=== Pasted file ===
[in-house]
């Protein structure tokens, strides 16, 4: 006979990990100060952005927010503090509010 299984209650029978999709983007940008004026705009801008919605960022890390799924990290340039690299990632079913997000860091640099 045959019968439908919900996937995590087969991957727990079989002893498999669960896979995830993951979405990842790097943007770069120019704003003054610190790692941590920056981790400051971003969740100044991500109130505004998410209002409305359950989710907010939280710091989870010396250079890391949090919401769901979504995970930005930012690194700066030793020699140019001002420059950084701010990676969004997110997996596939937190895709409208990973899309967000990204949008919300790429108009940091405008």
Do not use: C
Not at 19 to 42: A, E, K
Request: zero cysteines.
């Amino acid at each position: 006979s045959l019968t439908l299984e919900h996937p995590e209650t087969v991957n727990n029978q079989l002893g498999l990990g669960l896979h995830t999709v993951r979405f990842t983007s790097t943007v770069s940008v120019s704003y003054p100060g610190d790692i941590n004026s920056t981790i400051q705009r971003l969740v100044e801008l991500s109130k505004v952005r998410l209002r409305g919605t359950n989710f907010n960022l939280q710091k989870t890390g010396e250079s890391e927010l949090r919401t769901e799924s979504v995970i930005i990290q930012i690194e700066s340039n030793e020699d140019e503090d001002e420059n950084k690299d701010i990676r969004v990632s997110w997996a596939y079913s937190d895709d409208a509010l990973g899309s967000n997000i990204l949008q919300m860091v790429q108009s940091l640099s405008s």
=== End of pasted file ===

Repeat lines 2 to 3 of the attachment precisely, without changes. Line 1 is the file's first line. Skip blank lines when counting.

């Protein structure tokens, strides 16, 4: 006979990990100060952005927010503090509010 299984209650029978999709983007940008004026705009801008919605960022890390799924990290340039690299990632079913997000860091640099 045959019968439908919900996937995590087969991957727990079989002893498999669960896979995830993951979405990842790097943007770069120019704003003054610190790692941590920056981790400051971003969740100044991500109130505004998410209002409305359950989710907010939280710091989870010396250079890391949090919401769901979504995970930005930012690194700066030793020699140019001002420059950084701010990676969004997110997996596939937190895709409208990973899309967000990204949008919300790429108009940091405008």
Do not use: C